The first trademarked deodorant was released in the United States in the late 1800s. This paste form deodorant was packaged in a small tin jar and, as you would expect, the deodorant was applied under the arm pits.
It wasn't until the late 1950s (around the same time plastic manufacturing started gaining steam), manufacturers of the ball point pen took inspiration from their pen design and released a new roll on deodorant called Ban Roll-On.
Unlike most roll on deodorants today, the main vessel for holding the liquid deodorant was housed in a glass container, the liquid was released using the same plastic rolling ball technique used in modern plastic deodorant packaging.
Years later an aerosol perspirant spray deodorant was released. Although immensely popular at the time (and still used today), aerosol deodorants lost their stronghold in the market in late 70s due to scientific evidence showing chemicals released from the aerosol containers were harming the ozone layer.
In the late 1970s the decline from aerosol usage increased the popularity of push up deodorants. Single use plastic packaged deodorant, that sees the deodorant pushed up by a twisting plastic mechanism. This style of deodorant packaging is still one of the most popular forms of deodorant on the market today.
And herein lies the issue.
These popular deodorants are packaged in plastic, and the majority of this plastic is either not recyclable or simply does not make it to the recycling stream. We need to see a drastic reduction in the amount of plastic we use on a day-to-day basis. Recycling plastic is not the answer to the growing plastic pollution problem we face today.
What's the alternative to a roll on deodorant or plastic push-up tube?
As with all single use plastic items, the solution is to simply stop buying single use products packaged in plastic.
If the deodorant has no plastic packaging then what's the alternative?
If you'd like your beauty routine to remain similar to the modern convenience that "single use plastic" offers today, then a deodorant in a cardboard push up tube is the most suitable alternative.
EORTH is an old English word for Earth — a period in time before plastic existed on our planet. We need to go back to that time, a time when deodorant had no plastic packaging and start putting Earth Before Plastic®.
Natural deodorants are not only natural and effective, by using a natural deodorant in a cardboard tube means you'll be eliminating more more piece of plastic from your bathroom.
Once your deodorant tube is empty it can be easily added to your compost, making it the ultimate plastic free, zero waste deodorant.
There are also deodorants on the market today that are in paste form, that are packaged either in a glass jar or a metal tin. This means you apply the deodorant in the same way as they did back in the 1800s — either dipping your finger into the paste or using a spatula to apply the paste to your pits.
For many the thought of putting their finger into a jar of paste, then applying under their arms makes them a little uncomfortable. And, after years of conveniently using a single use plastic container to apply your deodorant, it's understandable that switching to a non plastic/deodorant paste may require some adjustments in your thoughts around touching your armpits!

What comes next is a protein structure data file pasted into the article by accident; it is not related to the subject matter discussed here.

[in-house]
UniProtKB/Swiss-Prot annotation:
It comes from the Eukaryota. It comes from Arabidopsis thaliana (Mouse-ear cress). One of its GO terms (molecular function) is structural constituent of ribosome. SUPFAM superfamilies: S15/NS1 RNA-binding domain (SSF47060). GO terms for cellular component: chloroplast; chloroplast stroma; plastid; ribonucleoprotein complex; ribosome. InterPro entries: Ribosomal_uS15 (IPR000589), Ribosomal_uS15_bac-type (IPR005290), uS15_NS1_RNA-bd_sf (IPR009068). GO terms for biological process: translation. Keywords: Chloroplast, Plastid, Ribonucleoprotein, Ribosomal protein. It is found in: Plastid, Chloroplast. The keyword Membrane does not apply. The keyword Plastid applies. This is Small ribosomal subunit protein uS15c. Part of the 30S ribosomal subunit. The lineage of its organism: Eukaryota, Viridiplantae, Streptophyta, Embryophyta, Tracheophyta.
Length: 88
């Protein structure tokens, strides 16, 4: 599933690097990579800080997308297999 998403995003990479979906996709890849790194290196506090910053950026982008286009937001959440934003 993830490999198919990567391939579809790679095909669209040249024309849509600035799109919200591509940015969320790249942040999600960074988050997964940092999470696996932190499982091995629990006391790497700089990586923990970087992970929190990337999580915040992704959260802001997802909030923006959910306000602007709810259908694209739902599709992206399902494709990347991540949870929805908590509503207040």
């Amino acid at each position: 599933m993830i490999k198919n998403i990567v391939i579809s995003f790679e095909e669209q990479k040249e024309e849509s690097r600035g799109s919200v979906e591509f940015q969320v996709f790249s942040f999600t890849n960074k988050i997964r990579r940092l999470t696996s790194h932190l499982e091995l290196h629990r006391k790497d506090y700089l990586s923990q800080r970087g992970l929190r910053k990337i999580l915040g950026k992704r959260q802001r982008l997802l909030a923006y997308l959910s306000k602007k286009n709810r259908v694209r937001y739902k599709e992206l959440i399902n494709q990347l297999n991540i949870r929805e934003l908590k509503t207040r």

You can rest assured, applying a little paste under your own clean arm pits really is not as icky as you may think. It's no different than using your hands to apply moisturiser to any other part of your skin!
No matter which method of deodorant you choose, the best choice is always to go plastic free. It's our obligation to the planet that provides us with fresh food, clean water, clean air and the shade from the sun to give back what we take away. And giving back plastic is definitely not the answer.
Author Bio - Catherine Anne Earle
Thanks for reading about living a plastic free lifestyle, I'm Cathy the founder of EORTH Australia, an online store that stocks only plastic free products.
I started EORTH after participating in a Plastic Free July many years ago. Prior to that first Plastic Free July I considered myself to be a fairly environmentally conscious person. A few days into the Plastic Free July challenge I soon became awakened to just how damaging plastics were to the environment, and that although I was conscious of my consumer choices, plastic was still very high on my list of consumables.
After lengthy searches for alternatives to plastic products I soon realised that there were a lot of eco stores to sold some plastic free products, but very few really got down to the heart of the plastics issues and said a big hard "no" to selling products that contained plastics — and that is exactly what EORTH is all about.
I have a Bachelor of Arts in Communication Management and was the owner and founder of Sun Peaks Independent News, a community newspaper based in British Columbia, Canada.
After moving back to Australia several years ago I now reside in my hometown of Cairns and operate EORTH in the beautiful beachside suburb of Palm Cove, Queensland.